It’s not often I dedicate an entire blog post to the jottings of another, but when that writer is Columbo doyen Mark Dawidziak I will pay my dues accordingly.
Columbo afficionados will, of course, be familiar with TV critic Dawidziak’s 1989 modern classic, The Columbo Phile. For more casual fans, the book was a complete and illustrated history of the show, chronicling its origins, inception and providing commentary on every episode from 1968’s Prescription: Murder, to The Conspirators from 1978.
Dawidziak was given unprecedented access to cast and crew and the book features recollections from (amongst others) Peter Falk, Leonard Nimoy, Patrick McGoohan, Richard Kiley, Steven Bochco, William Link and Dick Levinson. Read all about the book here. I consider it my Columbo bible. Heck, it’s a book so good that it directly influenced my social media handles and the title of this blog.
“Dawidziak’s article is one that all genuine Columbophiles will want to spend quality time with.”
Still, that’s all by and by. The reason I’m writing this is to alert you all to the fact that Mr Dawidziak has returned to our favourite subject matter to pen a rather marvellous tribute to Columbo in its 50th year, which was published in The Plain Dealer – the main daily paper for Cleveland, Ohio – on 2 September 2018.
Naturally, Dawidziak’s words of Columbo wisdom deserve a much wider audience than mere city and country boundaries. So his article is one that all genuine Columbophiles will want to spend quality time with.
Of note is a delightful closing quote from Peter Falk, given to the critic some years after The Columbo Phile was published, and which summed up why actor and viewers alike had such enduring appeal.
“They like the man a lot,” Falk said of Columbo. “Columbo is a man who seems to know who he is. He’s content with himself. He’s good at his job. And he’s not preoccupied with the shallow things in life . . . I like the guy a lot.”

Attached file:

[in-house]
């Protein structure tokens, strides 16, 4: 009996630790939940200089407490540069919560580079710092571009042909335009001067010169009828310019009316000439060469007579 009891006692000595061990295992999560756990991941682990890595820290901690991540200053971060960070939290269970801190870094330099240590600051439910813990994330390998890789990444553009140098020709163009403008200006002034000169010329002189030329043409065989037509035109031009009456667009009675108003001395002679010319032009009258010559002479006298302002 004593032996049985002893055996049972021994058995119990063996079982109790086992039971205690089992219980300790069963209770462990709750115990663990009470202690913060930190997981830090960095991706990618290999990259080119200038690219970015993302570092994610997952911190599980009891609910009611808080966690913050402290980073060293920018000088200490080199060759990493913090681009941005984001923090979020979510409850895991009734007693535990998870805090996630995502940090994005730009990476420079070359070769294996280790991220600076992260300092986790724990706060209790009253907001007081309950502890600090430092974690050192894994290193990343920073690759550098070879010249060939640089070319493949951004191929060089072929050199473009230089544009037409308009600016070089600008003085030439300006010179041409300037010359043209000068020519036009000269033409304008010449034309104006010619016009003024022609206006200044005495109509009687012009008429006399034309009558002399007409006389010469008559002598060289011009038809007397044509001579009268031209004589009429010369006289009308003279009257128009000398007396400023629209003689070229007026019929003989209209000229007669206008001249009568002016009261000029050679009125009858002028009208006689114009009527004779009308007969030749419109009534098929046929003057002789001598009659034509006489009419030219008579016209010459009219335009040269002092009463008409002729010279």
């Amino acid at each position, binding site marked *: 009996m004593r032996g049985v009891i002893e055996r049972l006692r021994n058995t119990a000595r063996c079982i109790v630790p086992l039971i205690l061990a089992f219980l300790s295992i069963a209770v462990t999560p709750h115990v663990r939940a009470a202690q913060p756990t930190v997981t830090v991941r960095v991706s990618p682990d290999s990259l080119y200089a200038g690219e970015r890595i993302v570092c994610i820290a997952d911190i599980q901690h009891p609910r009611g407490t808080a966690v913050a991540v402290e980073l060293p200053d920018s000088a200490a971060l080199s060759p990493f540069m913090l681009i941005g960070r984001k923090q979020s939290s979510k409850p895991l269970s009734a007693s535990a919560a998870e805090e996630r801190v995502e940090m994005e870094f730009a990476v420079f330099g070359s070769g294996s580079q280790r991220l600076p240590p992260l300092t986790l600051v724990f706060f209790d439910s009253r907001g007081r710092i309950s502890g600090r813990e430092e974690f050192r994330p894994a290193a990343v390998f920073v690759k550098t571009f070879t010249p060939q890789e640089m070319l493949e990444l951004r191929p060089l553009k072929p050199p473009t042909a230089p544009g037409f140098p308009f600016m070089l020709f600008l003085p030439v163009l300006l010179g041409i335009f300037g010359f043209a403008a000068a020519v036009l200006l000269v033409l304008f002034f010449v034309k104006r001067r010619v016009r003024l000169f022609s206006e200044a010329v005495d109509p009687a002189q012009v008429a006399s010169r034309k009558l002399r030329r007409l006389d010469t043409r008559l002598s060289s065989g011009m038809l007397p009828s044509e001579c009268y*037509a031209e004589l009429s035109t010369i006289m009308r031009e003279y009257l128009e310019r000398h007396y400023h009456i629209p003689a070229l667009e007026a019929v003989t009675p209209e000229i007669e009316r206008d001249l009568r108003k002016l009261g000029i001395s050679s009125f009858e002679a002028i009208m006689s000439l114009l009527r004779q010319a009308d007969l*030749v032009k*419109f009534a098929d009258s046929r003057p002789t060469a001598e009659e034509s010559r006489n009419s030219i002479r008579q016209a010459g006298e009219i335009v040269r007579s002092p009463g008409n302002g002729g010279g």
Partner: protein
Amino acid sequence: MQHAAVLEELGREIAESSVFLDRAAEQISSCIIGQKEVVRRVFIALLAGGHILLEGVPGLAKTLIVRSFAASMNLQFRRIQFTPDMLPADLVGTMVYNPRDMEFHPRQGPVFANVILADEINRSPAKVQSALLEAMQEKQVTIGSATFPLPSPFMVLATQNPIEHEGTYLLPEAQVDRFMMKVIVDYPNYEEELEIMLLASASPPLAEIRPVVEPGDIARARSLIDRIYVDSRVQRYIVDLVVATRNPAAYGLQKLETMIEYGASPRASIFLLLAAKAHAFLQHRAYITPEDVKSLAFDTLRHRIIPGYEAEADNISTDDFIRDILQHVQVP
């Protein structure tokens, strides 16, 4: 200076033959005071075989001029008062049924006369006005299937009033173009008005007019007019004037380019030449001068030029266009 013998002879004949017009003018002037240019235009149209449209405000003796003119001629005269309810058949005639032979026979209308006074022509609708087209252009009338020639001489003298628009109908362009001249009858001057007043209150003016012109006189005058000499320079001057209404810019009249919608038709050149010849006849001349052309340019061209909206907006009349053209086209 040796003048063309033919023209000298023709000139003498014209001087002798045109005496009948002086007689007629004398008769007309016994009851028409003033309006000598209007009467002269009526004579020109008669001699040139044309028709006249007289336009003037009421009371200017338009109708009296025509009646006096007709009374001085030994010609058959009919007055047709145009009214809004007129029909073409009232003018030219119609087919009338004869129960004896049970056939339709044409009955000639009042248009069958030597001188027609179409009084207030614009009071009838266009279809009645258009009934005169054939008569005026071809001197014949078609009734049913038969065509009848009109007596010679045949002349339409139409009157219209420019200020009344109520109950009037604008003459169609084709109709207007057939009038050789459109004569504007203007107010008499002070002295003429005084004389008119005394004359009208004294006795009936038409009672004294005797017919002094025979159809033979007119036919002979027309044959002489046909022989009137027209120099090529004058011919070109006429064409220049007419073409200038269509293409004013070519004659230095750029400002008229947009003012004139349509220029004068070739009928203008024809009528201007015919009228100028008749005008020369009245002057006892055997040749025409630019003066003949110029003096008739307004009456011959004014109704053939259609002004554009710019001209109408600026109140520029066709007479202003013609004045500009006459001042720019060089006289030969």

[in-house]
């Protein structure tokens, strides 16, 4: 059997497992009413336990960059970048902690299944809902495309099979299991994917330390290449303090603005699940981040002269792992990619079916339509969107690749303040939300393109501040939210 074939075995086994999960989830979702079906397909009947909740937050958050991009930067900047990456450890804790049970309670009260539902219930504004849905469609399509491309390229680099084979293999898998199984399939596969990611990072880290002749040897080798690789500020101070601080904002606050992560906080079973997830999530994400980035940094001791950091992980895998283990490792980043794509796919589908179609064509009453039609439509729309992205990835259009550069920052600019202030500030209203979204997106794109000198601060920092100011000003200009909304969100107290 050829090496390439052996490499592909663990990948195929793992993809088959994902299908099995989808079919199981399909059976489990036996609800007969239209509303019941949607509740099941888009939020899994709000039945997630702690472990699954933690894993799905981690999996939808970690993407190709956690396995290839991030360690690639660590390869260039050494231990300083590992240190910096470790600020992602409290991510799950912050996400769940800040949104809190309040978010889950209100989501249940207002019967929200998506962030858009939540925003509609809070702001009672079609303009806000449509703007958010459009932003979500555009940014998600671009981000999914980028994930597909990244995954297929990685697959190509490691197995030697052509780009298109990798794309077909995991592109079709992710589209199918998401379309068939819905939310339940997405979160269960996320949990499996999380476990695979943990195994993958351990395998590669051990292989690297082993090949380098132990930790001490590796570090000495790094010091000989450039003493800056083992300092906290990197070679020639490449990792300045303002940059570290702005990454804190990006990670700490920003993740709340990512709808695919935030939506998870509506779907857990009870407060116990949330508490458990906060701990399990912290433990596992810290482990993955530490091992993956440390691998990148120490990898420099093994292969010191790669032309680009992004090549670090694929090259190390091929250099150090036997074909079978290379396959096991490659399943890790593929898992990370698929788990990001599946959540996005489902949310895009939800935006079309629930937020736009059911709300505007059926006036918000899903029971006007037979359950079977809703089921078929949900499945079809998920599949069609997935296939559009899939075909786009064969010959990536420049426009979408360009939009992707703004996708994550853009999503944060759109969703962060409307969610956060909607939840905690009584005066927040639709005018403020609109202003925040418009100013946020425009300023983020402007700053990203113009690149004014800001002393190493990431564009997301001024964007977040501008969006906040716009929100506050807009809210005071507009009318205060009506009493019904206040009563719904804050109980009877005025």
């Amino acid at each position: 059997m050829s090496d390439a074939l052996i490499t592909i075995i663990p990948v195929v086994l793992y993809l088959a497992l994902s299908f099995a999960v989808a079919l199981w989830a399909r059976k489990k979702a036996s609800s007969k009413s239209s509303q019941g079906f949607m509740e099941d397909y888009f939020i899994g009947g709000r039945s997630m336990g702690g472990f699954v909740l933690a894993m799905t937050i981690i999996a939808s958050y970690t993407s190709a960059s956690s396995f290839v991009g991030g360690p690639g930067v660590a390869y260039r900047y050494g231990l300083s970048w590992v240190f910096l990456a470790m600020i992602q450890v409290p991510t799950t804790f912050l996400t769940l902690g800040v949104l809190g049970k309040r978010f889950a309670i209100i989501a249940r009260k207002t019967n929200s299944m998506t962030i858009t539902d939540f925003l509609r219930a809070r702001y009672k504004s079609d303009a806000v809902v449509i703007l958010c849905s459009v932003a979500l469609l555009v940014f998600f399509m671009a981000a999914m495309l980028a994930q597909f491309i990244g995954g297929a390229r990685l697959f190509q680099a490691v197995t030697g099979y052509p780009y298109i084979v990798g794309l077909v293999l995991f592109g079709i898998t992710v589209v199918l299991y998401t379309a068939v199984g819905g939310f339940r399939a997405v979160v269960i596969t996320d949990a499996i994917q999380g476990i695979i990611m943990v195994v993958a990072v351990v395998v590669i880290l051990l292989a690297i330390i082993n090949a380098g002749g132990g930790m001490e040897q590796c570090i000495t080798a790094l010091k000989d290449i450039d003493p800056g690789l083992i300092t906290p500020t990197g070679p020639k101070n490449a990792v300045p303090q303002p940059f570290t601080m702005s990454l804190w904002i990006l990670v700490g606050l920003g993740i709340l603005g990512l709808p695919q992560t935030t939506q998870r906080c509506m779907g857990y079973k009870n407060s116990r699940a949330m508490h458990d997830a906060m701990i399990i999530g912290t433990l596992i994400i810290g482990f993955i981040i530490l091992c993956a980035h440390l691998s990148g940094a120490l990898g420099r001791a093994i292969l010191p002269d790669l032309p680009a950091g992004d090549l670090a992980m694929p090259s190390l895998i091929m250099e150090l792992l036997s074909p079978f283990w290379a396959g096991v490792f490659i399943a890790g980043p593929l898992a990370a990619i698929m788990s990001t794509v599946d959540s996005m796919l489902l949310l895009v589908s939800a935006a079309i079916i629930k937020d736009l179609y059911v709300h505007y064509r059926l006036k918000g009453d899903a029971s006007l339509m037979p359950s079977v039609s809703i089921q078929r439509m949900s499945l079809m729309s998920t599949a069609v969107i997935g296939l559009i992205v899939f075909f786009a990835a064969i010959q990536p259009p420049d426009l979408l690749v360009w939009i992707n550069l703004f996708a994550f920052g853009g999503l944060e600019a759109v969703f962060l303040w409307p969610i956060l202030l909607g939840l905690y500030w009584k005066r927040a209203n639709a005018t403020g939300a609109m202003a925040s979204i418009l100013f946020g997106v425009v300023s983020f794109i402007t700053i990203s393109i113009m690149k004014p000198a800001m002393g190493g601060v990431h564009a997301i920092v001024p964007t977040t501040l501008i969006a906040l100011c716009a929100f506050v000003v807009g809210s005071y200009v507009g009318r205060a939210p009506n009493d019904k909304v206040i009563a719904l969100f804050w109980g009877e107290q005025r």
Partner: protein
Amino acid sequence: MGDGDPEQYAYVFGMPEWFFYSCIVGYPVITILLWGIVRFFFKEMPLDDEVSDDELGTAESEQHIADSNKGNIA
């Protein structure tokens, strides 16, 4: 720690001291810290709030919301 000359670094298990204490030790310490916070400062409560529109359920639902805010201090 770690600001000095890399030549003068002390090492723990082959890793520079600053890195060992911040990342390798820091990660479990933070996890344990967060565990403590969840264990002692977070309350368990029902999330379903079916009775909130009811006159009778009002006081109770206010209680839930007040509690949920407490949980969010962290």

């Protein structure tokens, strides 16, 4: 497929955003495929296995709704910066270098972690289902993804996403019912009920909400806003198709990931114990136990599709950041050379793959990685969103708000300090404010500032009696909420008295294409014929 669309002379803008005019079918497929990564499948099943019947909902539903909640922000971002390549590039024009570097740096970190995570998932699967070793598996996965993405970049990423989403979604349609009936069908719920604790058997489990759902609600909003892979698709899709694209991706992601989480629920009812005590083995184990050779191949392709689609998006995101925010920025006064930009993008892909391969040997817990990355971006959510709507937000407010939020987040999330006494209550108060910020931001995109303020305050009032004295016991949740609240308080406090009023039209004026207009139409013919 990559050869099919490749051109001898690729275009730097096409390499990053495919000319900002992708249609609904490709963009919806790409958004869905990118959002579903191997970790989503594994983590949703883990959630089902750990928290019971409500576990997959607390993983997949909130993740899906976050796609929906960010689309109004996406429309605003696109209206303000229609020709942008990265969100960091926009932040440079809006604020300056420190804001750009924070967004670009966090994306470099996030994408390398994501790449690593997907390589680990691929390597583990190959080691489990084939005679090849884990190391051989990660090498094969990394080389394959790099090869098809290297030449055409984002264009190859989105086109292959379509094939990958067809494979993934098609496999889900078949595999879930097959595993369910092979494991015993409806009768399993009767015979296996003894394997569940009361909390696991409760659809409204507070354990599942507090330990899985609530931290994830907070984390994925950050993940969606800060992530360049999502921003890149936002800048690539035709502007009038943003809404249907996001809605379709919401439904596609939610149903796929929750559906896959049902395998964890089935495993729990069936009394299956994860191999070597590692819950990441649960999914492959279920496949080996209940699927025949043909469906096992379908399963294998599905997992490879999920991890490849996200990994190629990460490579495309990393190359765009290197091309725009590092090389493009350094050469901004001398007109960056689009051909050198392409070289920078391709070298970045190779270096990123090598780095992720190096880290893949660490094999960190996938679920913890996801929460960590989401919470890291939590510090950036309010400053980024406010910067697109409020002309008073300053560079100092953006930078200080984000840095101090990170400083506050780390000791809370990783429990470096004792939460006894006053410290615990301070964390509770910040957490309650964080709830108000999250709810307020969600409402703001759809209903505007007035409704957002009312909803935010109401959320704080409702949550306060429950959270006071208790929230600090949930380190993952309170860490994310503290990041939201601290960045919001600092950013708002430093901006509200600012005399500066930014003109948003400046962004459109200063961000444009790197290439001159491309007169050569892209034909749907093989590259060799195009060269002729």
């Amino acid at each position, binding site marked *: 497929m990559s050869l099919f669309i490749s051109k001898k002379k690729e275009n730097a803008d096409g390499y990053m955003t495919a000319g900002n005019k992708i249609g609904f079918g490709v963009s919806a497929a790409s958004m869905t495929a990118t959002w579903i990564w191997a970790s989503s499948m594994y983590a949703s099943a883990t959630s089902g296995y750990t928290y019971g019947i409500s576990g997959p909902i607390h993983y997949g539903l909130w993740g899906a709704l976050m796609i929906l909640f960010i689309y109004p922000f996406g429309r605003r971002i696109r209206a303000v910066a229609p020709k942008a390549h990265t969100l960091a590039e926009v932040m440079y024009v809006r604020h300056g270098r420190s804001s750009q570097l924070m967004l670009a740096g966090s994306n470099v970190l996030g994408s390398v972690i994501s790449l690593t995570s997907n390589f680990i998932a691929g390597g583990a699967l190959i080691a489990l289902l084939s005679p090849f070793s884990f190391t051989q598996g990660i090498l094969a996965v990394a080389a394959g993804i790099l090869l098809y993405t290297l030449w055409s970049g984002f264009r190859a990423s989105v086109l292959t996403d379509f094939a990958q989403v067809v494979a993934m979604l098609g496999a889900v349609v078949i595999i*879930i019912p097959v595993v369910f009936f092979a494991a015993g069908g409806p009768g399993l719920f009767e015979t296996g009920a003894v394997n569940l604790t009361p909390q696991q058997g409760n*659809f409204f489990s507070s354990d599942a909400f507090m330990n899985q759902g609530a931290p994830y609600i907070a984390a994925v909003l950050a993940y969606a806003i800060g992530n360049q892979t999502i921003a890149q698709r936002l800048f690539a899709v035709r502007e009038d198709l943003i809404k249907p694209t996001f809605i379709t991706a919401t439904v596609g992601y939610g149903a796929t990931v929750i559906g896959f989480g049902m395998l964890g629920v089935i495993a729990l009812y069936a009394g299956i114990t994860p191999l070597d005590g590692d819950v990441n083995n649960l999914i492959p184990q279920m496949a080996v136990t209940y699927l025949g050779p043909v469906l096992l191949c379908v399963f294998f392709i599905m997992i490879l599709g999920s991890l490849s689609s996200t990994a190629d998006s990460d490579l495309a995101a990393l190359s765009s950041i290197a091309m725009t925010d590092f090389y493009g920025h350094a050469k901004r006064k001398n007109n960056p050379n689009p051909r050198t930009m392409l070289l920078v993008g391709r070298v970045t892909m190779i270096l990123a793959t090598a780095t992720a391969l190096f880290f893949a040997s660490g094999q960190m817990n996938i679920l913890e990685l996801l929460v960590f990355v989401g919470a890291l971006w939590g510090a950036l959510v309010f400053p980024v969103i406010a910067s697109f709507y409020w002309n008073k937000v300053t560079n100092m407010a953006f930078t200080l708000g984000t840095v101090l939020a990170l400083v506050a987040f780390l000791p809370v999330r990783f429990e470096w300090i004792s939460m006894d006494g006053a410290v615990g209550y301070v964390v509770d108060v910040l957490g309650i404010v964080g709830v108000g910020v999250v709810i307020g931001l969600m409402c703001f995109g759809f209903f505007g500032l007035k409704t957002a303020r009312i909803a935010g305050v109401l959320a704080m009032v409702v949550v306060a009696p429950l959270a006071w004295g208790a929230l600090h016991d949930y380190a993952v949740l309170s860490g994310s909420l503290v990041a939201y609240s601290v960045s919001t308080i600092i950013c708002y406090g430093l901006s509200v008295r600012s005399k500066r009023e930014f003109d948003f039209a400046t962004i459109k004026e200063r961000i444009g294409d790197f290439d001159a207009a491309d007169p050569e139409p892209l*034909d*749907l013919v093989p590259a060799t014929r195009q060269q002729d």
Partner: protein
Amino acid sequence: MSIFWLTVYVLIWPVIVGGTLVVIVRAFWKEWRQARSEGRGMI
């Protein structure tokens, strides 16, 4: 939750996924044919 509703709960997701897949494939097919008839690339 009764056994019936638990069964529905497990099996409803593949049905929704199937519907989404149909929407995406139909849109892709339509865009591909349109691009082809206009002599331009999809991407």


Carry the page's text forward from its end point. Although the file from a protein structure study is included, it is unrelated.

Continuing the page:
Right on, Pete. Right on!
Mark Dawidziak’s book and article have had a strong impact on my own research about the detective and his unique brand of “rhetorical inquiry” or strategically designed meetings and questioning. I am indebted to his work.
Reading between his scant few lines even acknowledging the existence of the 1989-2003 Columbos, I can make an educated guess why Dawidziak never “revised and updated” his terrific book. But it is still a questions worth asking Mark directly, if anyone has the chance. [And if you do, you might also mention that Link and Levinson spelled the last name of the “Prescription: Murder” villain “Flemming.”]
Thanks so much for posting a link to this terrific article!! I managed to buy a copy of Mr Dawidziak’s wonderful book on ebay several years ago for a reasonable price (it can be quite expensive) and have referred to it often.
Thanks for sharing this! I remember stumbling across the book in the early 90s at the Museum of Television and Motion Picture Sciences in LA and am glad I bought did. It’s a marvelous book and I’m thrilled to read more by him on our favorite subject. Thanks again!
After eight months of joining the Columbo craze and now that I’m finished with the complete series (well there are a few episodes from both eras I still need to check out but mostly finished) I hope to purchase this Columbo bible I keep hearing about. Columbo is the gold standard for detective\cop shows and I now compare it to everything else they put out. The only other detective shows I think is next to Columbo is Perry Mason, Matlock, The Rockford Files and Murder, she wrote in terms of true classic murder mysteries with great quirky and enduringly lovable characters. I think it’s a shame that we don’t have any detective crime show that put half the effort Columbo did in crafting such absurd, brilliant and compelling puzzles that take real brain power to figure out but were also so entertaining while also giving us a human, funny, quirky and most importantly humble detective who isn’t broken or an unpleasant human being no one would hang out with in real life. I may get some heat for this but Columbo could beat Sherlock Holmes any day for me. Especially the new incarnation on Elementary where the crimes don’t even match a Columbo case nevertheless a classic cerebral Sherlock Holmes tale. All hail the Lieutenant for 50 years of badassery with a rumpled rain coat, a nasty cigar and a old but reliable (mostly) Peugeot.
thank you for this!
I treasure the Columbo Phile by Mark Dawidziak, which I bought so many years ago. I only wish he had written a second volume. No better detective show ever than Columbo! Your website is tops! It always puts a smile on my face as I remember each episode. Thank you!
Bravo to you & Mr. Dawidziak! His stellar book & your fabulous site have happily enhanced my love for Columbo & Peter Falk for years now. The show deserves kudos & coverage up the wazoo. It is a joy for the ages. Great post!